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Artificial Hearts

SCIENCE
September 6, 2006 | Denise Gellene, Times Staff Writer
Federal regulators on Tuesday approved the first fully implantable artificial heart for use by dying heart failure patients who are not eligible for a transplant. The device, called AbioCor, was tested in 14 male patients. The 12 who survived the surgery lived an average of five months after receiving the mechanical heart.
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NEWS
November 15, 2001 | THOMAS H. MAUGH II, TIMES MEDICAL WRITER
Robert Tools, the first patient to receive a totally implantable artificial heart, suffered a stroke on Sunday and remains in serious condition, surgeons at Louisville's Jewish Hospital said Wednesday. The cause of the damage was a blood clot that lodged in an artery on the left side of Tools' brain, said Dr. Laman Gray, one of the surgeons. "There's no question about it," he said. "It's been confirmed by a CT scan."
NEWS
January 13, 1993 | From Associated Press
A gravely ill woman received an artificial heart in the nation's first such operation in nearly two years. Sharoyn Loughran, 46, was in critical but stable condition Tuesday after receiving the plastic-and-metal CardioWest pump Monday night during a four-hour operation at University Medical Center of the University of Arizona. Doctors said the implant was meant to keep her alive until she can receive a human heart in a month or two.
HEALTH
June 6, 2005 | Linda Marsa, Special to The Times
Donor organs are scarce enough for adults with heart failure. For infants and young children, the prognosis can be even grimmer. Not only are fewer organs available, the hearts of the very young can fail suddenly, without the symptoms that older people usually exhibit. Although mechanical heart pumps are routinely used to help adolescents and adults buy some time, they're too big for small children.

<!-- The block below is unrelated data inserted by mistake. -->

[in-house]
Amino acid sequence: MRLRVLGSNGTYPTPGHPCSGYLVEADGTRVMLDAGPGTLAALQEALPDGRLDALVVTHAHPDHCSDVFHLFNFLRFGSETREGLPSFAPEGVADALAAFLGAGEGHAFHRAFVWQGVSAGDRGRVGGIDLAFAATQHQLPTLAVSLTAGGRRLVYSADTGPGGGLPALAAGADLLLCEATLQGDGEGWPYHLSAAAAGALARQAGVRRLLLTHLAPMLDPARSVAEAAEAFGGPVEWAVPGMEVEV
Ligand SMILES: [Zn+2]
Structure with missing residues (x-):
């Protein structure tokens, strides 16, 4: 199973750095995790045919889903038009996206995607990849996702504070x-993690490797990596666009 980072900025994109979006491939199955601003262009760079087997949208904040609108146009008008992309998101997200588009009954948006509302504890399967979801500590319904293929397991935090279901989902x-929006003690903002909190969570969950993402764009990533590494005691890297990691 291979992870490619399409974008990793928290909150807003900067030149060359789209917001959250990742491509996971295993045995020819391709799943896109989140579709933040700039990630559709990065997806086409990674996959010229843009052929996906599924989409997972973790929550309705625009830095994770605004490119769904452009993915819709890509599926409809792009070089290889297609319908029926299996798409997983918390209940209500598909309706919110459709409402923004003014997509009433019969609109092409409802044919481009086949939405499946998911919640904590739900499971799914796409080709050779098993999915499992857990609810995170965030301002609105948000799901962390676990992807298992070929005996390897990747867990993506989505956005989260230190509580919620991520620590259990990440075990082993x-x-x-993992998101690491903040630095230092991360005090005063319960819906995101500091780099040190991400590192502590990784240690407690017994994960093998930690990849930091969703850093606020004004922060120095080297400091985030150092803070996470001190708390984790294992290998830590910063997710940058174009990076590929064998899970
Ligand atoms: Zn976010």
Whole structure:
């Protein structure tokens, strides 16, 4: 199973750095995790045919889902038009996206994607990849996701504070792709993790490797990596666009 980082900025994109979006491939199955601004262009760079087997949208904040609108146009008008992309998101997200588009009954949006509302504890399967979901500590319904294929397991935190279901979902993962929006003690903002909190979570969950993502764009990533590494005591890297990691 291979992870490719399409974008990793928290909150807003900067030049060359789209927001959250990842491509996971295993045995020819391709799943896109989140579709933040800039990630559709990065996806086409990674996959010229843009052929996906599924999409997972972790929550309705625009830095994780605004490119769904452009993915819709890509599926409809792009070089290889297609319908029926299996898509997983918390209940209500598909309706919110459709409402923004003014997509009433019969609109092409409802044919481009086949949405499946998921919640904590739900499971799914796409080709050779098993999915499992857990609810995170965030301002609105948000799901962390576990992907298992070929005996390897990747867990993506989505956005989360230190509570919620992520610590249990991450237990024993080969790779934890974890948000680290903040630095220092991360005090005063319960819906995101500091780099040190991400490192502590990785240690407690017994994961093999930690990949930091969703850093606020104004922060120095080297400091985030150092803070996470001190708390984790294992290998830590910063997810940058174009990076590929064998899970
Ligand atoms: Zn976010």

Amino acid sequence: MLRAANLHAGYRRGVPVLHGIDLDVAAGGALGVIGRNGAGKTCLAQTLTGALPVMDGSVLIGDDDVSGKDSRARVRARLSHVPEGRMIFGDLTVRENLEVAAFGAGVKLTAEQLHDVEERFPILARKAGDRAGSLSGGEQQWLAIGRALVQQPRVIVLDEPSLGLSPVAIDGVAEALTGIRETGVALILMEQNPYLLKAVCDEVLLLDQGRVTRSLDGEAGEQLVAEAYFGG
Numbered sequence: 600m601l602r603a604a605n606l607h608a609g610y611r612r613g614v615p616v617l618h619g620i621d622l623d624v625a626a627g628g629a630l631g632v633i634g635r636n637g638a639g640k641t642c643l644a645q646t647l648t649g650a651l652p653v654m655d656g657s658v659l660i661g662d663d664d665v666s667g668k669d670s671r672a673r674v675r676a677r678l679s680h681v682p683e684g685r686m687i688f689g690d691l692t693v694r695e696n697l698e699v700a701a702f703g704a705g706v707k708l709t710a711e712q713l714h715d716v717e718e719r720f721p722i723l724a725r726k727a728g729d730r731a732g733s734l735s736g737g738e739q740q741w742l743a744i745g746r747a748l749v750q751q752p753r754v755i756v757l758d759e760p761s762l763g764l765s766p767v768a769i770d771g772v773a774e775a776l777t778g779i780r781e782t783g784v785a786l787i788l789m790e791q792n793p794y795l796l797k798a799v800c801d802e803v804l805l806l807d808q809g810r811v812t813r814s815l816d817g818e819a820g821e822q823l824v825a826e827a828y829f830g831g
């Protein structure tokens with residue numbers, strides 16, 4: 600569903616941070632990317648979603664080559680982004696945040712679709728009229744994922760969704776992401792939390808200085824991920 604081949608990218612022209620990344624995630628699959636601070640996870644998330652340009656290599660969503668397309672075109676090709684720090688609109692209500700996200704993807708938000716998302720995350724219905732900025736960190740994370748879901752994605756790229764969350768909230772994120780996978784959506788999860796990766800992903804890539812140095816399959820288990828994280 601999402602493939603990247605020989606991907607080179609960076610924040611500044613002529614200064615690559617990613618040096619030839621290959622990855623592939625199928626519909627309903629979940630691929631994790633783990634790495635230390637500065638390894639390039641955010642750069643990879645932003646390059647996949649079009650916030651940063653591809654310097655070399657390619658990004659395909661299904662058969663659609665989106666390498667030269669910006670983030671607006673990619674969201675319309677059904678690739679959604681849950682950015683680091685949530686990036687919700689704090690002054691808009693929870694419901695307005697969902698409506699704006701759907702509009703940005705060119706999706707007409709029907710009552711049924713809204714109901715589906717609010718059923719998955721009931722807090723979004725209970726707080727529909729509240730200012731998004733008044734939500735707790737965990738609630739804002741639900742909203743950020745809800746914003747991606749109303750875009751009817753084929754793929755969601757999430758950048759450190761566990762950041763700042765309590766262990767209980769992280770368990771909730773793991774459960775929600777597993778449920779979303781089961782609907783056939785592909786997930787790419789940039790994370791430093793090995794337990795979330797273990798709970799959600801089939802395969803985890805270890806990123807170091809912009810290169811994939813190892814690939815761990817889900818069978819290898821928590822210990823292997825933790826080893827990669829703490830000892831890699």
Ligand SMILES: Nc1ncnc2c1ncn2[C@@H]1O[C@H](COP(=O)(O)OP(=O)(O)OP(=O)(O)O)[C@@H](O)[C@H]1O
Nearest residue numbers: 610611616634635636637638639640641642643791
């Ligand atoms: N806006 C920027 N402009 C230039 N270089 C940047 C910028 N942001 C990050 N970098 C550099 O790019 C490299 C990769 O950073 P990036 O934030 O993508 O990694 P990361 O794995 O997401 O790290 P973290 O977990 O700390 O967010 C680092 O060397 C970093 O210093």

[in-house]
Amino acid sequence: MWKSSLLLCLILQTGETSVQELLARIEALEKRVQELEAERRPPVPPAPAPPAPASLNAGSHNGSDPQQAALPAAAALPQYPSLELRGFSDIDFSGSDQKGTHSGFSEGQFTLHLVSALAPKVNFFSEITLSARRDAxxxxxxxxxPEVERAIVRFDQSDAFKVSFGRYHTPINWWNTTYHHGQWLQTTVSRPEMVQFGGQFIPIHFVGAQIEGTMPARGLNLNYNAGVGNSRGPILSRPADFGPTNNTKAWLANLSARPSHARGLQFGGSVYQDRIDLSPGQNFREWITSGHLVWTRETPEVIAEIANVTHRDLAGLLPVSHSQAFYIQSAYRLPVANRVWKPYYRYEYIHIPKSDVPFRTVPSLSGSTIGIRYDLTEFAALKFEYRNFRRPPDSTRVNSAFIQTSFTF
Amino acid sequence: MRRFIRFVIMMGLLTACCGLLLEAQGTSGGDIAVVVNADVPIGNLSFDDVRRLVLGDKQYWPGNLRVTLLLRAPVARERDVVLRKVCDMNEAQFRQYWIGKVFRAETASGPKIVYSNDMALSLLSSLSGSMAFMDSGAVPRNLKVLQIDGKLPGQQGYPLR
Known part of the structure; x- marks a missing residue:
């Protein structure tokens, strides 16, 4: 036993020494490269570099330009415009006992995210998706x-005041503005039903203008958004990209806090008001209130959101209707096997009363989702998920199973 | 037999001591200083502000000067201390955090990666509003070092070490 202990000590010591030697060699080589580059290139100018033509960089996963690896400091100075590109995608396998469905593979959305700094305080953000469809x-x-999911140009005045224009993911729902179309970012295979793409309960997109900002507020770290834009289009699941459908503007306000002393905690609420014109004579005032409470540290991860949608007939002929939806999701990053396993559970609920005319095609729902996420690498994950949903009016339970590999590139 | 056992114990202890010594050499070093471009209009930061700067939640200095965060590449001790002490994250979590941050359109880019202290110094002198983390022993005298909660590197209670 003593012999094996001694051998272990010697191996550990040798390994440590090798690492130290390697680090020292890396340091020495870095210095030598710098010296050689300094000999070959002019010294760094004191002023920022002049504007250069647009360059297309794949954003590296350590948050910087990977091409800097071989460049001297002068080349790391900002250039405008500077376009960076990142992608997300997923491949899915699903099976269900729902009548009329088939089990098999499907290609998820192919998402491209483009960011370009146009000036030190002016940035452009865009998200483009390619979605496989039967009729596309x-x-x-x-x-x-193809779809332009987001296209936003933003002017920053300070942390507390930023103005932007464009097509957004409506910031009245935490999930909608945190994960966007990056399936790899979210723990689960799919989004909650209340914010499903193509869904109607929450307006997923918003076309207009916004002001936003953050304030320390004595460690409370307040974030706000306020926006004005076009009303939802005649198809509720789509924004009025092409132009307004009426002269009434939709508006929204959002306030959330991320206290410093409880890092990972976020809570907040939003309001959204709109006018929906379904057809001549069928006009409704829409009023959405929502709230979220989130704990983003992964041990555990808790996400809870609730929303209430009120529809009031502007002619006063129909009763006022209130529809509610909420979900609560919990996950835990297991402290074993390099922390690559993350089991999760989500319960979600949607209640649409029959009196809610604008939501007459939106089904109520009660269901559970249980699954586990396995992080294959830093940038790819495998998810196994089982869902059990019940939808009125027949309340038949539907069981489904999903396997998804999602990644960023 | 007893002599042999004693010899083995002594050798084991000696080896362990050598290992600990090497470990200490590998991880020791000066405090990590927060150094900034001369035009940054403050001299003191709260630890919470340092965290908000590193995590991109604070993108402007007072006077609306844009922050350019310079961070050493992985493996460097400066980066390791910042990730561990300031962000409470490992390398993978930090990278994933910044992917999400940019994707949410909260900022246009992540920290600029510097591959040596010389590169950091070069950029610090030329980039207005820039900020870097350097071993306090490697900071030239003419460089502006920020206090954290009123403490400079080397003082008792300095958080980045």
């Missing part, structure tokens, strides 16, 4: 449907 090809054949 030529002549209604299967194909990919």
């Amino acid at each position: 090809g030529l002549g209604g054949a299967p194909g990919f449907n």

NATIONAL
March 18, 2004 | From Reuters
A U.S. Food and Drug Administration panel Wednesday recommended that the federal government for the first time grant general approval for transplant centers nationwide to use an artificial heart. The CardioWest Total Artificial Heart by SynCardia Systems would be the first on the market if the panel's recommendation is followed by the FDA. The agency usually agrees with the advice of its expert panels.
NEWS
January 23, 2000 | DAVID KINNEY, ASSOCIATED PRESS
Building an artificial heart seemed so easy in the 1960s: design a pump, implant the contraption in a patient's chest and hook it up to the arteries. How naive medical researchers were in that era of moon shots.
BUSINESS
April 27, 1987
Jarvik was chairman and chief executive of the Salt Lake City-based firm that manufactures and markets the artificial hearts he designed. In a release, the company said: "The board sincerely appreciates his many contributions to the company and recognizes his outstanding scientific accomplishments. The board wishes to emphasize that Jarvik's termination did not result from the recent tender offer for the company's common shares." E. M. Warburg Pincus & Co.
NEWS
June 19, 1987 | JANNY SCOTT, Times Staff Writer
In the first use of an artificial heart in California, a team of surgeons in San Diego has implanted a Jarvik-7 mechanical heart in an Escondido man whose transplanted human heart had failed. Randy Dunlap, 34, received the device at Sharp Memorial Hospital on Tuesday after his transplanted heart failed to support his circulation. Hospital officials said the device is to serve as a temporary "bridge" to keep Dunlap alive until another human heart can be found.
CALIFORNIA | LOCAL
February 7, 1988
A biotechnology company is developing a permanent, implantable, battery-operated artificial heart, and it is hoped that the device will allow patients to lead more normal lives than earlier artificial hearts. The new heart is designed to give patients greater freedom than previous artificial hearts because it will be powered by an internal, rechargeable battery rather than attached to a bulky, external power source.
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